1. Take the dough out of the mixer and continue kneading by hand on an unfloured work surface. Knead for about 8-10 minutes. Pick up the dough and throw it down hard onto your working surface occasionally. Shape the dough into a ball and transfer it to a plate. Oil the top of the dough ball lightly. Cover the ball tightly with plastic wrap. Allow to stand for 30-90 minutes—the longer the better.
  1. It would be best if you have a work area that you can walk around on all sides like a 36-inch (90 cm) round table or a work surface of 23 x 38 inches (60 x 100 cm). Cover your working area with table cloth, dust it with flour and rub it into the fabric. Put your dough ball in the middle and roll it out as much as you can. Pick the dough up by holding it by an edge. This way the weight of the dough and gravity can help stretching it as it hangs. Using the back of your hands to gently stretch and pull the dough. You can use your forearms to support it.
  1. The dough will become too large to hold. Put it on your work surface. Leave the thicker edge of the dough to hang over the edge of the table. Place your hands underneath the dough and stretch and pull the dough thinner using the backs of your hands.
  1. Stretch and pull the dough until it’s about 2 feet (60 cm) wide and 3 feet (90 cm) long, it will be tissue-thin by this time. Cut away the thick dough around the edges with scissors. The dough is now ready to be filled.
  1. To prepare the filling, mix together apples, goji berries, sugar, cinnamon and vanilla extract together in a large bowl. Make sure everything is nicely coated.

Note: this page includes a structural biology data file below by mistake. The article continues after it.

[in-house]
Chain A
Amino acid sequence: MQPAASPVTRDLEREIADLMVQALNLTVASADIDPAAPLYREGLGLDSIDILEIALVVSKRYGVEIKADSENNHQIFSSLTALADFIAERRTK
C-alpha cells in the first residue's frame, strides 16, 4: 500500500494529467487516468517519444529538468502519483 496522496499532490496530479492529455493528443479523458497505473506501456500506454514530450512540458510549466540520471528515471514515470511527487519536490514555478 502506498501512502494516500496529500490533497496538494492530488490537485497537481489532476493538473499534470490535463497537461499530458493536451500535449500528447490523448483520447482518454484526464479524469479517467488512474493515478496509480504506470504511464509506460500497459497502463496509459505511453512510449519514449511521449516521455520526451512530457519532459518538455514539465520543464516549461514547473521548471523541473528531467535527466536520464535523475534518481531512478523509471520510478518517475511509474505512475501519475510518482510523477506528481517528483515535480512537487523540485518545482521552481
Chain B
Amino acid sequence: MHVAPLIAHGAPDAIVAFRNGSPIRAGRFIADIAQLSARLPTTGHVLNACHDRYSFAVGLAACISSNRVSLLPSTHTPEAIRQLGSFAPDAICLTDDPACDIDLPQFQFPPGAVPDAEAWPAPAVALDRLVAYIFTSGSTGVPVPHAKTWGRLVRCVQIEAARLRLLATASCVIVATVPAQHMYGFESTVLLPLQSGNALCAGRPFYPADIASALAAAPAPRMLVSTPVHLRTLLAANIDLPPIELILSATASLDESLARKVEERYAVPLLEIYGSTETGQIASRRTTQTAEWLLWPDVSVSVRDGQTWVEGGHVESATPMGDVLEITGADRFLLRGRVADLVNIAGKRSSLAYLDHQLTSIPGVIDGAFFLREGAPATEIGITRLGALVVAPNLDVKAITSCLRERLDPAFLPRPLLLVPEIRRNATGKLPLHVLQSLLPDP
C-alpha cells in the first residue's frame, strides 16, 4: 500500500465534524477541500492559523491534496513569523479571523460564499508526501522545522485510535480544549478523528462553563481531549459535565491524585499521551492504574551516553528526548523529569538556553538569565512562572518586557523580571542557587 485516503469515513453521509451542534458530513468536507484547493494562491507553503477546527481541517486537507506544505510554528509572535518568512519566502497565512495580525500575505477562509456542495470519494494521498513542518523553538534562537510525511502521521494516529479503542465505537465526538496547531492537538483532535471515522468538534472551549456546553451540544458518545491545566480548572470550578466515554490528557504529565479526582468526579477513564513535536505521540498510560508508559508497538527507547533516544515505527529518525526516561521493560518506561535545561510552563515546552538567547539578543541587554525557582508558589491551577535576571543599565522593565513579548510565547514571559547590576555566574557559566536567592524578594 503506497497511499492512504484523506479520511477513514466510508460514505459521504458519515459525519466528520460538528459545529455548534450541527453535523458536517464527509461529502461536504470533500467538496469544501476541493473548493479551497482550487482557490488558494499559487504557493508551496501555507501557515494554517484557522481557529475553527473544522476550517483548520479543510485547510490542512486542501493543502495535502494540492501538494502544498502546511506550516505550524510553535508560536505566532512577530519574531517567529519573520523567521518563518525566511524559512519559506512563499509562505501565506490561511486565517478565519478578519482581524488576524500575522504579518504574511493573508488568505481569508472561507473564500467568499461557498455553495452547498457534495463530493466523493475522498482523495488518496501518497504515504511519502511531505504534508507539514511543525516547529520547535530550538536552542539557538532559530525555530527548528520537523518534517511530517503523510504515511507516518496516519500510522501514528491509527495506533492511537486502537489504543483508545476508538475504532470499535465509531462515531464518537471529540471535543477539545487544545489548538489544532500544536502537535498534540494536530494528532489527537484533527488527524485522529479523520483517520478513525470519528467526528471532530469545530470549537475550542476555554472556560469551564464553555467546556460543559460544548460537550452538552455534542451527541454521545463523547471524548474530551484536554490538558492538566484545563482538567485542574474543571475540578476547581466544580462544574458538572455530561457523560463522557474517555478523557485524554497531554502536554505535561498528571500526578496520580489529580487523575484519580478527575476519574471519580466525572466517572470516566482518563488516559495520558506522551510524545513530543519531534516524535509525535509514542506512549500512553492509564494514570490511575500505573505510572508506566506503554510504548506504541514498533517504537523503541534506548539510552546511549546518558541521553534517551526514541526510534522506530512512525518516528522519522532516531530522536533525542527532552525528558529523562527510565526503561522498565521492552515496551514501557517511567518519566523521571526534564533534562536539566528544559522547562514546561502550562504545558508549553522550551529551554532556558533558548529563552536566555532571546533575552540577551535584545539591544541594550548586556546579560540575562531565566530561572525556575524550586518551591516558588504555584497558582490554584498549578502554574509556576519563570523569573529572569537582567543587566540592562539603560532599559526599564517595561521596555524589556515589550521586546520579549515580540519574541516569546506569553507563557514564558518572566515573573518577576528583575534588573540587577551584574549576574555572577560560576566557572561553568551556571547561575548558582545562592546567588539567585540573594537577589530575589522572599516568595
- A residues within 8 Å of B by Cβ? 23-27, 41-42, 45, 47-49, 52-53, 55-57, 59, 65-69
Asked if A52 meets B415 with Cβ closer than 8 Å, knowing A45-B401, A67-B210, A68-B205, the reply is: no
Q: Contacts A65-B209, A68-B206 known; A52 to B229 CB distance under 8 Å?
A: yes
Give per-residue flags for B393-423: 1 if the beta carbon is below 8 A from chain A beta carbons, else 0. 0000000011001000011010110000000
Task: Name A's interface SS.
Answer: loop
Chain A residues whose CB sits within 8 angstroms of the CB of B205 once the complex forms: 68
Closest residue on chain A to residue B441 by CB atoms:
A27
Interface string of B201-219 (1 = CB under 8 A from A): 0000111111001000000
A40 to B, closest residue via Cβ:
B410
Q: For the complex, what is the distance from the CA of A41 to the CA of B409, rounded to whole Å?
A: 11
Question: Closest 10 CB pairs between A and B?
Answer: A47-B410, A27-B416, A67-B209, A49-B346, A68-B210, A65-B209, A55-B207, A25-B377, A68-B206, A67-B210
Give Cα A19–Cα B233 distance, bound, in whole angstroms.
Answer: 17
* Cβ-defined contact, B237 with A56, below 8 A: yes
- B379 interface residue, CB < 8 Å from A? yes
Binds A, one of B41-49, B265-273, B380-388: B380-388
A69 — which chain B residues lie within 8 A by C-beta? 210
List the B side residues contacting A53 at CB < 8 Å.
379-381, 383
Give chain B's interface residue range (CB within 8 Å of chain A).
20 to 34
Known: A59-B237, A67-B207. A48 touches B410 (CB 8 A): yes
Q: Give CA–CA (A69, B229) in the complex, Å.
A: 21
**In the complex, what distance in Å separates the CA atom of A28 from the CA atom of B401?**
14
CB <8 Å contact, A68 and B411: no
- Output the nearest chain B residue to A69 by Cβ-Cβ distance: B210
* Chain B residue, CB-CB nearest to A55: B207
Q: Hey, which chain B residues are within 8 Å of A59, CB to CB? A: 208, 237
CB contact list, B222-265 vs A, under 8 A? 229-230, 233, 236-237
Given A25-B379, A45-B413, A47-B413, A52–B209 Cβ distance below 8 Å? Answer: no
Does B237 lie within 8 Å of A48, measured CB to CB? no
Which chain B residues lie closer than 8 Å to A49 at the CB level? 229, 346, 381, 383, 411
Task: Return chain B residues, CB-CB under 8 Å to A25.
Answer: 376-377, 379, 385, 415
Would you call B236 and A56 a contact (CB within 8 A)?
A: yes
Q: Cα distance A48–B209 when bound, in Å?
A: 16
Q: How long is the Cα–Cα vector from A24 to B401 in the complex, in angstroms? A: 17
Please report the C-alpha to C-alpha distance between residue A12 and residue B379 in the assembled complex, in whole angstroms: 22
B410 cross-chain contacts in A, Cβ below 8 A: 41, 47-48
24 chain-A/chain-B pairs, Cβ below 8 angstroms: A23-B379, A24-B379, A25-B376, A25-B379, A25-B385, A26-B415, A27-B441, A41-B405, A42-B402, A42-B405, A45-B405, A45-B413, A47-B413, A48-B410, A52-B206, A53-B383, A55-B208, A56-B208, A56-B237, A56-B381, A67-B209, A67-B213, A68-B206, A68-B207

1. Brush the strudel dough with some melted butter. Sprinkle the 150g of finely-chopped hazelnuts about 8 cm from the short edge of the dough in a 15 cm wide strip. Spread the strudel with a layer of apple-goji berry filling.
  1. Fold the short end of the dough onto the filling. Lift the tablecloth at the short end of the dough so that the strudel rolls onto itself. Transfer the strudel to the prepared baking sheet by lifting it. Curve it into a horseshoe to fit. Tuck the ends under the strudel. Brush the top with the remaining melted butter and sprinkle with the 50g coarsely chopped hazelnuts.
  1. Bake the strudel for about 30 minutes or until it is deep golden brown. Cool for at least 30 minutes before slicing. Use a serrated knife and serve either warm or at room temperature. It is best on the day it is baked.
Helpful Note: Use plenty of flour to roll the dough. Knead the dough for the full 8-10 minutes. This will develop all the gluten strands necessary to make the dough stretch easily.
Nisrine M.
What a gorgeous streudel! I love the addition of goji berries. sounds totally delightful with a cup of coffee.
APRIL 6, 2011 1:10:00 PM GMT+02:00
ChichaJo
The best coffees I've ever had have been in Europe (except for one brilliant exception in Vietnam!), and yes part of the magic is really taking time to stop and really appreciate the moment, and the coffee, with reverence. Having a gorgeously delicious strudel like this one with your coffee would definitely be the best!
APRIL 7, 2011 4:48:00 AM GMT+02:00
Kathleen
This post has inspired me to do a Sunday brunch after church so I'm going to try and make these this weekend. The only dough I've ever made from scratch is pizza dough so I am anticipating a very messy kitchen :)
APRIL 7, 2011 5:01:00 AM GMT+02:00